As the Celtic new year, Samhain was one of only two days that people could extinguish their hearth fires (the other day was Gamhain, now often known as May Day, which meant “winter’s end.”) It was considered unlucky to let the fire go out any other time of year. The druids (Celtic priests) would build huge bonfire on top of hills to give thanks for the bountiful harvests of the light half of the year and to encourage the sun to return after the dark half of the year. It was considered very good luck for people to restart their hearth fires with coals taken from the druids’ bonfires. The Celts would carry the coals home in hollowed out turnips. To keep any evil spirits at bay, they would carve scary faces in the turnips, a practice which eventually evolved into our current tradition of carving pumpkins.
With the coming of Christianity, the holiday began to change. The Christians originally planed to convert everyone and leave the old ways behind, but they soon found that some of the Celtic customs could not be so easily washed out. Knowing that the Celts would never embrace the Christian faith as long as they still held so closely to their own traditions, the Christians decided to meld the Celtic beliefs with their own in a sort of “if you can’t beat ’em, join ’em” effort to ensure that the Celts would be converted. The two most notable examples of this were the greatly revered Irish goddess Brigid, who the Christians turned into their St. Brigit, and Samhain, which the Christians turned into All Hallow’s Eve.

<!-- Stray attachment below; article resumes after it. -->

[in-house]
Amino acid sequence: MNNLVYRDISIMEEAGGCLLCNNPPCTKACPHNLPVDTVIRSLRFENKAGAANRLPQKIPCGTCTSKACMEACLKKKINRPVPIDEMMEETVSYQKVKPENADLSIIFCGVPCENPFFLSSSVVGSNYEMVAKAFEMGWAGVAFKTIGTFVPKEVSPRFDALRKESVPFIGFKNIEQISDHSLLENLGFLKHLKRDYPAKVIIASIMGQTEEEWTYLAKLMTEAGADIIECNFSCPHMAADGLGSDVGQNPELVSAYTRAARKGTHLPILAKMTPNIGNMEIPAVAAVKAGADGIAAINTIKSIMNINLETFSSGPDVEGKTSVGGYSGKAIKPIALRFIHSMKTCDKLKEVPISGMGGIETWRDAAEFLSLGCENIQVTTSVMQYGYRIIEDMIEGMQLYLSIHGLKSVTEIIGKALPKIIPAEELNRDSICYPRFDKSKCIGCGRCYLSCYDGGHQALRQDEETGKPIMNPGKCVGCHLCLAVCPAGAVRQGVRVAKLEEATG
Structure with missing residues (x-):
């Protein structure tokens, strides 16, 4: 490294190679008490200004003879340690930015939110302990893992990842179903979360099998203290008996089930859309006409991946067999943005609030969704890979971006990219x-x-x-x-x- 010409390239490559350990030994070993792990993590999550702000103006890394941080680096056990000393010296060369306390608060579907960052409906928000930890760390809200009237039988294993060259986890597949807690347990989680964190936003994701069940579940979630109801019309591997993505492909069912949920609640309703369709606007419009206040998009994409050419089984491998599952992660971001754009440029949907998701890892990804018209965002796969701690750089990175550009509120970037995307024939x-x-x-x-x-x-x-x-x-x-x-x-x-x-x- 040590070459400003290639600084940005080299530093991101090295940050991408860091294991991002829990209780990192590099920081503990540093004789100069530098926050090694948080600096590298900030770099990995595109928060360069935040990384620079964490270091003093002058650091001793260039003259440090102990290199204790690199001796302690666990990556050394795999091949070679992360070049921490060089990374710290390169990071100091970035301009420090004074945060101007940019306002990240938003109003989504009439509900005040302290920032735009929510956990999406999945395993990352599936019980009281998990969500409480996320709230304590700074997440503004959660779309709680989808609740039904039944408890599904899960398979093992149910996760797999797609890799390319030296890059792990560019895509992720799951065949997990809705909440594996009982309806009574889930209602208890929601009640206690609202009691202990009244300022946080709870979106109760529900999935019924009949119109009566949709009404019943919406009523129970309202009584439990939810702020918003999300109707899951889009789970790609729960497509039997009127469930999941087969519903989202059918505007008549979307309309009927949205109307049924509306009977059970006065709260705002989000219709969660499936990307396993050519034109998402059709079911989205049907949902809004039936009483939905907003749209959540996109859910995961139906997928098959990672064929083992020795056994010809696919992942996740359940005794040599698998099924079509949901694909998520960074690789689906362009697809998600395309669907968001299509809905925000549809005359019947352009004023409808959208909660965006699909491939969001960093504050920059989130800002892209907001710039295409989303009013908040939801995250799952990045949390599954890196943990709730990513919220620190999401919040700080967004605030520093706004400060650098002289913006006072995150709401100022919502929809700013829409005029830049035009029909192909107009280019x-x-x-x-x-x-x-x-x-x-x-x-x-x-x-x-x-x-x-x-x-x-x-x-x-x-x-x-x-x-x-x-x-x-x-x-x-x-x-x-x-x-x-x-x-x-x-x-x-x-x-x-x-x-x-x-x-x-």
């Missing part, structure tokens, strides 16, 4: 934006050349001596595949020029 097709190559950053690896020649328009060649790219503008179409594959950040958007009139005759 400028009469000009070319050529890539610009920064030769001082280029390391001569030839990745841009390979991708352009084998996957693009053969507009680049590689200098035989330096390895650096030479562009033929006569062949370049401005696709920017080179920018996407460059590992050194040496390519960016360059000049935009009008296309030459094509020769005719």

Keeping with Celtic tradition, the Christian holiday of All Hallow’s Eve was the one night of the year when the spirits of the dead could walk the earth. However, they gave this holiday the set day of October 31 to remove the pagan astrological associations. They also labeled the druids as devil worshipers to prevent them from restoring the original holiday traditions. (There is no devil in Celtic belief) In time the new holiday’s name was shortened to Hallow’een (this spelling is often seen on vintage Halloween postcards), and eventually the apostrophe was removed altogether giving us the Halloween spelling we have now.
As time progressed, different generations and cultures have added their own traditions to the holiday giving us the familiar celebrations we have now. Perhaps this year as we carve our pumpkins and don our costumes, we should take time to reflect on those people so long ago who did the very same things. In doing so, we will be remembering those who have gone before us, and thus we will be celebrating the day just as they did so long ago, albeit without the fear of evil spirits.
Copyright © Amber Reifsteck ~ The Woodland Elf